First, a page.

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Peroxisome proliferator-activated receptor gamma modulation and lipogenic response in adipocytes of small-for-gestational age offspring

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Small-for-gestational age (SGA) at birth increases risk of development of adult obesity and insulin resistance. A model of SGA rat offspring has been shown to exhibit increased adipose tissue expression of a key adipogenic transcription factor, peroxisome proliferator-activated receptor gamma (PPARγ), and increased fatty acid de novo synthesis during the nursing period, prior to onset of obesity. PPARγ agonists have been studied for potential use in the prevention of insulin resistance. Moreover, SGA adipocytes exhibit age-dependent differences in lipogenesis as mediated by PPARγ. The effects of PPARγ modulators on lipogenic gene expression and de novo lipogenesis on the age-dependent changes in SGA adipocytes are not known. The objectives of this study were: 1) to determine the adipogenic and lipogenic potential in SGA adipocytes at postnatal day 1 (p1) and day 21 (p21), 2) to determine how the PPARγ activator- and repressor-ligands affect the lipogenic potential, and 3) to determine the fatty acid metabolic response to PPARγ activator-ligand treatment. Methods Primary adipocyte cultures from p1 and p21 SGA and Control male offspring were established from a known maternal food-restriction model of SGA. Cell proliferation and Oil Red O (ORO) staining were quantified. Adipocytes were treated with increasing doses of rosiglitazone or bisphenol-A diglycidyl ether (BADGE). PPARγ and SREBP1 protein expression were determined. De novo lipogenesis with rosiglitazone treatment at p21 was studied using 50% U 13 C-glucose and gas chromatography/mass spectrometry. Results At p1 and p21, SGA demonstrated increased cell proliferation and increased ORO staining. At p21, SGA demonstrated increased lipogenic gene expression and increased glucose-mediated fatty acid de novo synthesis compared with Controls. In response to rosiglitazone, SGA adipocytes further increased glucose utilization for fatty acid synthesis. SGA lipogenic gene expression demonstrated resistance to BADGE treatment. Conclusions SGA adipocytes exhibit an enhanced adipogenic and lipogenic potential in early postnatal life. By p21, SGA demonstrated resistance to PPARγ repressor-ligand treatment, and selective response to high dose PPARγ activator-ligand treatment in adipogenic and lipogenic gene expression. p21 SGA adipocytes revealed increased fatty acid de novo synthesis through a complex relationship with glucose metabolism.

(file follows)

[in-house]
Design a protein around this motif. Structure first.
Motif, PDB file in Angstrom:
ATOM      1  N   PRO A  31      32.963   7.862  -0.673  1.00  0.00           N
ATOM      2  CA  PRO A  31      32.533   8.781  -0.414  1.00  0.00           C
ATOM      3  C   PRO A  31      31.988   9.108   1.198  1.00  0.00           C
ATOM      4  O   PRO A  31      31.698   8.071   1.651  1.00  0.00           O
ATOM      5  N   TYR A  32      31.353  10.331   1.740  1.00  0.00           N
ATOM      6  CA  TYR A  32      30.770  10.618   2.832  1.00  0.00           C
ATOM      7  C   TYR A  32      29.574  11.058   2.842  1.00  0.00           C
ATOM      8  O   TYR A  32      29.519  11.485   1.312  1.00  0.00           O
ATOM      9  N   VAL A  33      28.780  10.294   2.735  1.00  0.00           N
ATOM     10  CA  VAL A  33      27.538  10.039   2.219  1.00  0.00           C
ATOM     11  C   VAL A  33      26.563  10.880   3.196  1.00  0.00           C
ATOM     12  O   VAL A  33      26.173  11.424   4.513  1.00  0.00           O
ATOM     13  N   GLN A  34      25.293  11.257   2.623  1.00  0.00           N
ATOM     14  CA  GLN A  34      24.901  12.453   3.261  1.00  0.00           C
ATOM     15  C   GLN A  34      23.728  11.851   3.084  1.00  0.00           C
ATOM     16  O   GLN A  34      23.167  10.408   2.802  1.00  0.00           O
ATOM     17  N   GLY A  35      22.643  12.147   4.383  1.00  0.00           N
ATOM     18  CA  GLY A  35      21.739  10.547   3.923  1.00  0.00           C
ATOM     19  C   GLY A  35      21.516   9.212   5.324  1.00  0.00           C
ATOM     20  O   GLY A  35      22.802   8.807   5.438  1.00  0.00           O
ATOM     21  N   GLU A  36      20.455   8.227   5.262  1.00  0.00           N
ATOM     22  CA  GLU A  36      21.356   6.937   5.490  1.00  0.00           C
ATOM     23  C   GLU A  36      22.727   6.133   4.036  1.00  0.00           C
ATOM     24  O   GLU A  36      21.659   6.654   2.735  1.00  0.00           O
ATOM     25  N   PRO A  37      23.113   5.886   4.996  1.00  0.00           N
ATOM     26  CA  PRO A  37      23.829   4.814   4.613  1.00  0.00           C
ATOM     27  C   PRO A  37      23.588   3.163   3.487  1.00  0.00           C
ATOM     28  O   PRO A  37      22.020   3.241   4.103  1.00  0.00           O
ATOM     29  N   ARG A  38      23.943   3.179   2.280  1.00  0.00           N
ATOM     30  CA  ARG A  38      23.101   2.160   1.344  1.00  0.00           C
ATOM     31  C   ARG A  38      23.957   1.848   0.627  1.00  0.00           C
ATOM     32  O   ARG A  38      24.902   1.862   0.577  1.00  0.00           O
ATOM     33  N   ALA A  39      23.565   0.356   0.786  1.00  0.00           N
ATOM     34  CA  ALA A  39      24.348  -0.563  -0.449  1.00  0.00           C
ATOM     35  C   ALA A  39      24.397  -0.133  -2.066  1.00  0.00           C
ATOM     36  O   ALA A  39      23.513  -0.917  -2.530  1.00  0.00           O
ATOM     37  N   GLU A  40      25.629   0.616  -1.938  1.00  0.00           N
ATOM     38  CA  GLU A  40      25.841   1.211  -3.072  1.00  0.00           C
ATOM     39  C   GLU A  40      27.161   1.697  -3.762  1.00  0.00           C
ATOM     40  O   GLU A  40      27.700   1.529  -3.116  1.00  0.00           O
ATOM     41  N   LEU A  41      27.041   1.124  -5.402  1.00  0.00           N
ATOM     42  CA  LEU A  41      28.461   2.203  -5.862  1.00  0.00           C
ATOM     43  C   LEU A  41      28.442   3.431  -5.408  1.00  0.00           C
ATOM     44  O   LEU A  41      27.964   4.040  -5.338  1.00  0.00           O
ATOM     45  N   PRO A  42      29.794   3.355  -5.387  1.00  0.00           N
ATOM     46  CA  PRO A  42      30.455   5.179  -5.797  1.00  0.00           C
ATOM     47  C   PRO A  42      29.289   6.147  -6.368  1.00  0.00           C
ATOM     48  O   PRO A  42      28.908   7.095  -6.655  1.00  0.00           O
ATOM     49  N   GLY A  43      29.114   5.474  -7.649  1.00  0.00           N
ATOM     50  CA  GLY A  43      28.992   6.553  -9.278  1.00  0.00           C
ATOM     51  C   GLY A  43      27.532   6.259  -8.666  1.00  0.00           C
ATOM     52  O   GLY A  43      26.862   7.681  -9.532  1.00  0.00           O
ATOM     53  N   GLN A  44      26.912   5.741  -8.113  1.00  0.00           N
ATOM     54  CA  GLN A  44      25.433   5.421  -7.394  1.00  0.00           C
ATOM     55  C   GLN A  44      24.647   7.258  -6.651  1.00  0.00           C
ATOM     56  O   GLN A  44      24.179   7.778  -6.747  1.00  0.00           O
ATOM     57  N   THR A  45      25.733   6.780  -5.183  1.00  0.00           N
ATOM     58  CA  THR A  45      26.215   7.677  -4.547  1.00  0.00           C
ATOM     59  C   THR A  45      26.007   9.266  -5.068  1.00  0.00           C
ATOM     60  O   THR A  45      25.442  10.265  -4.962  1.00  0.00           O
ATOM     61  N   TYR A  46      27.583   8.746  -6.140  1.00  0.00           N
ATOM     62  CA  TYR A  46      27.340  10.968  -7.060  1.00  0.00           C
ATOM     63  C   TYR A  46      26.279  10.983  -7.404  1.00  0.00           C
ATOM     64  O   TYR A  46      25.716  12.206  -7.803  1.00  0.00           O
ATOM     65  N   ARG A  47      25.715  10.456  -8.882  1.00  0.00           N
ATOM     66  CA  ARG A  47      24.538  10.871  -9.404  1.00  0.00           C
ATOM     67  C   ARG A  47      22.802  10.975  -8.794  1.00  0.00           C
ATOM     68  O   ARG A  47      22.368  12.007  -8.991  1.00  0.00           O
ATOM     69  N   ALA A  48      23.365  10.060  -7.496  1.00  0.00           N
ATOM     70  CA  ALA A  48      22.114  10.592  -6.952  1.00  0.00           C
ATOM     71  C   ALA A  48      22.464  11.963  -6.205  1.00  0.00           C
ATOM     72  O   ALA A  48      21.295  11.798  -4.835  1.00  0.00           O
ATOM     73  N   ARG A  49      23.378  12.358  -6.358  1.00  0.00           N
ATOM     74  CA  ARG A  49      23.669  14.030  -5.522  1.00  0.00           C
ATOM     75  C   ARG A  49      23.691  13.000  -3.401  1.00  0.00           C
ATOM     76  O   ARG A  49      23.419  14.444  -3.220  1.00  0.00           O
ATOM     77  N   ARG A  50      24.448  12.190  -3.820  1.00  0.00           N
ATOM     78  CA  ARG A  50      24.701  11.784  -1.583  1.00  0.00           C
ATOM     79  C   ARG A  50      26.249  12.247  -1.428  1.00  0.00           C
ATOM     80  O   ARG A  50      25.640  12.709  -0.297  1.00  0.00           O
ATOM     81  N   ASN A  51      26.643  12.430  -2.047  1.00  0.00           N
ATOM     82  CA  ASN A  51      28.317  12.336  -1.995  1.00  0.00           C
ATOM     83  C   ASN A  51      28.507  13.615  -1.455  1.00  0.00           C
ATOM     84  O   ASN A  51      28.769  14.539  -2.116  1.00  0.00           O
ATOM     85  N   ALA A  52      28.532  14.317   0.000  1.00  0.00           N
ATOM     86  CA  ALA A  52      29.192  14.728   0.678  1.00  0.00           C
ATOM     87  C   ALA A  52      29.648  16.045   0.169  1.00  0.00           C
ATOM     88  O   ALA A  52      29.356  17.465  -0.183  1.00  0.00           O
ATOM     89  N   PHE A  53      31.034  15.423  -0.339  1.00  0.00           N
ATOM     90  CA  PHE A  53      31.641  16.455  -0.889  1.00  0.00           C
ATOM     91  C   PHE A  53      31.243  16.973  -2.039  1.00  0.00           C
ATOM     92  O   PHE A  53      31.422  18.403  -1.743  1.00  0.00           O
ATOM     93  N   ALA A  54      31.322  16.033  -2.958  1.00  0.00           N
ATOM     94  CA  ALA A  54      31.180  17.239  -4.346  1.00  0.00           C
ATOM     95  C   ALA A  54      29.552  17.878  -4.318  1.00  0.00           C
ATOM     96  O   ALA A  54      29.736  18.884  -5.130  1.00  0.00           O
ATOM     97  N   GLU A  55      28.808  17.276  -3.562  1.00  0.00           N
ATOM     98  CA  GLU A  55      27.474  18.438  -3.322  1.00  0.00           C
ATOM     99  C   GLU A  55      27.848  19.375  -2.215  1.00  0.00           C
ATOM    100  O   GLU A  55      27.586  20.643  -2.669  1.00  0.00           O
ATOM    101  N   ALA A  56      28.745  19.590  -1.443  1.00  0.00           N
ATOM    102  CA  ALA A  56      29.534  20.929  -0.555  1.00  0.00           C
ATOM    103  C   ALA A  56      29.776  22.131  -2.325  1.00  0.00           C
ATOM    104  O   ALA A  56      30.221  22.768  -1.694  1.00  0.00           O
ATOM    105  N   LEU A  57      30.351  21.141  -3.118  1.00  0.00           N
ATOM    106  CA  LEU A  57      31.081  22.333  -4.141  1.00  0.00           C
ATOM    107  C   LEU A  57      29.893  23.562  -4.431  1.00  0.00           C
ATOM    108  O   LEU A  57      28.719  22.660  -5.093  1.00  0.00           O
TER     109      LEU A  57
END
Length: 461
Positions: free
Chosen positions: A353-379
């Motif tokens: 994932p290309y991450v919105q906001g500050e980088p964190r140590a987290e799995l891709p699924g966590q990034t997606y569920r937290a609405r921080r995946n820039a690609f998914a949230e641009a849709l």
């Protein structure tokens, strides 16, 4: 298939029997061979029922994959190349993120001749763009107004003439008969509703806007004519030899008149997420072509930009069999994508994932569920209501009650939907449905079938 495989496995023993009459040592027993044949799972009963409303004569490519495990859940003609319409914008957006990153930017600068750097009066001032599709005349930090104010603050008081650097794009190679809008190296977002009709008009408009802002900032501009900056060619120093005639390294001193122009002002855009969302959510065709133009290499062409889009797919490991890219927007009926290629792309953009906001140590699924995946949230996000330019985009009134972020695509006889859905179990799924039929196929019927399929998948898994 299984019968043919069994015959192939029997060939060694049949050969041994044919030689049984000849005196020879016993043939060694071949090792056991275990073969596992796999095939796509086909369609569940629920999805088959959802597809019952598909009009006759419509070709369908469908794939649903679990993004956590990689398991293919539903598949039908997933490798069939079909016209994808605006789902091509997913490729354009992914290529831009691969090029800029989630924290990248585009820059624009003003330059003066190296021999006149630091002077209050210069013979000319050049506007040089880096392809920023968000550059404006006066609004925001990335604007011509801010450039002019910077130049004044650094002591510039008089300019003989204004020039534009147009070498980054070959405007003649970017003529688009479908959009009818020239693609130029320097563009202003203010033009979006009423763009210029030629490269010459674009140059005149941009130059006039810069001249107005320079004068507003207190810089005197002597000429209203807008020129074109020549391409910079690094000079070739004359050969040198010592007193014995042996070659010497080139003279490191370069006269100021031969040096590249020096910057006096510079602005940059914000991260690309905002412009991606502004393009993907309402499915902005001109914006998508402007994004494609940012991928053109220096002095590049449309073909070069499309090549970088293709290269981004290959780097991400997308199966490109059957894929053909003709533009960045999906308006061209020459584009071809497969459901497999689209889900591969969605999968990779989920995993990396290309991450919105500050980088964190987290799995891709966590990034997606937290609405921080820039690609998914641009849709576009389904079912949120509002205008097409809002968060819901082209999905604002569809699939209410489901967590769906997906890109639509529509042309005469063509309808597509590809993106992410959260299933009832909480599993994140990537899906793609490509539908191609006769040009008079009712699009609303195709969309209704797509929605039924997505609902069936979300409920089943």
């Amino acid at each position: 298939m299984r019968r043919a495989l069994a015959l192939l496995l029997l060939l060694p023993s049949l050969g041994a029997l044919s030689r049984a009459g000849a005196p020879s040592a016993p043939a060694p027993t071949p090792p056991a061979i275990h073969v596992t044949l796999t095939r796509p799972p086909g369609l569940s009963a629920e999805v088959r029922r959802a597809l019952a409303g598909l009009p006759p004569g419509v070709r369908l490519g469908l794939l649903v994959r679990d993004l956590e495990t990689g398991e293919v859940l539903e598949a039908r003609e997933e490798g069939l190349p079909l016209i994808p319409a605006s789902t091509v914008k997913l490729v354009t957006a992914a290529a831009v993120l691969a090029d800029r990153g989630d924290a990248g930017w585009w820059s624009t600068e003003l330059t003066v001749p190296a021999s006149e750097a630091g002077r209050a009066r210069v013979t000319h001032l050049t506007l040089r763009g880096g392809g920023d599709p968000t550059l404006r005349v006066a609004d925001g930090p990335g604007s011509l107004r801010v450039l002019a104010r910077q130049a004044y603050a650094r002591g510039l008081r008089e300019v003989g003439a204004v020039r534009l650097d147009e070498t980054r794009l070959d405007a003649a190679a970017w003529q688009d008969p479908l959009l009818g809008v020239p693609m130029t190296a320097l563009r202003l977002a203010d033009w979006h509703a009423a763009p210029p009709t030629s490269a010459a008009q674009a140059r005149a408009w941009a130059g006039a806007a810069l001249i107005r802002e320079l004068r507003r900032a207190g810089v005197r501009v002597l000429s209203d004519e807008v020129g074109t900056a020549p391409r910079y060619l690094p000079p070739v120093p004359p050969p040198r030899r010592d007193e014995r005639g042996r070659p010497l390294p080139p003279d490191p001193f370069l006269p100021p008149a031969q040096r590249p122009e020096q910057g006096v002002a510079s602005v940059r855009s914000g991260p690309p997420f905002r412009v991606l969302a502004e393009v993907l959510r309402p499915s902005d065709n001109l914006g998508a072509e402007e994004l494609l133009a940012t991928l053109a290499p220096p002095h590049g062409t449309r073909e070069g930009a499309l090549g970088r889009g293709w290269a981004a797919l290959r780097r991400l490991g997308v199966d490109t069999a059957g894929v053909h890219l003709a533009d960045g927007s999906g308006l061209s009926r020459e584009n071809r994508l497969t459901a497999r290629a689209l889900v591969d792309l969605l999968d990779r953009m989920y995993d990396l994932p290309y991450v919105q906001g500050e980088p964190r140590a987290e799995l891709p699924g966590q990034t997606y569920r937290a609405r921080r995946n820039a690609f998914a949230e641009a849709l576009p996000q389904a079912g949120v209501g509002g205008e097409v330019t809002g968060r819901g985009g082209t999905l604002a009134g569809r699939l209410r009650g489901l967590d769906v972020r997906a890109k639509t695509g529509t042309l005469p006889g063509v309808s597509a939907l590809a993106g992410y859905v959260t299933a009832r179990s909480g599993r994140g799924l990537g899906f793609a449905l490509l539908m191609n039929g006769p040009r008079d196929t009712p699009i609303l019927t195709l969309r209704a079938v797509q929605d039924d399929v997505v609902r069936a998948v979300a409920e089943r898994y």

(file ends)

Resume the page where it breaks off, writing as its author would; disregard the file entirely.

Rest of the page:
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Published 01 January 2012
Reads 24
Language English
Document size 1 MB
Yeeet al. Nutrition & Metabolism2012,9:62 http://www.nutritionandmetabolism.com/content/9/1/62
R E S E A R C H
Open Access
Peroxisome proliferatoractivated receptor gamma modulation and lipogenic response in adipocytes of smallforgestational age offspring 1* 1 2 3 2 1 2 Jennifer K Yee , WaiNang Paul Lee , Michael G Ross , Robert H Lane , Guang Han , Juan Vega and Mina Desai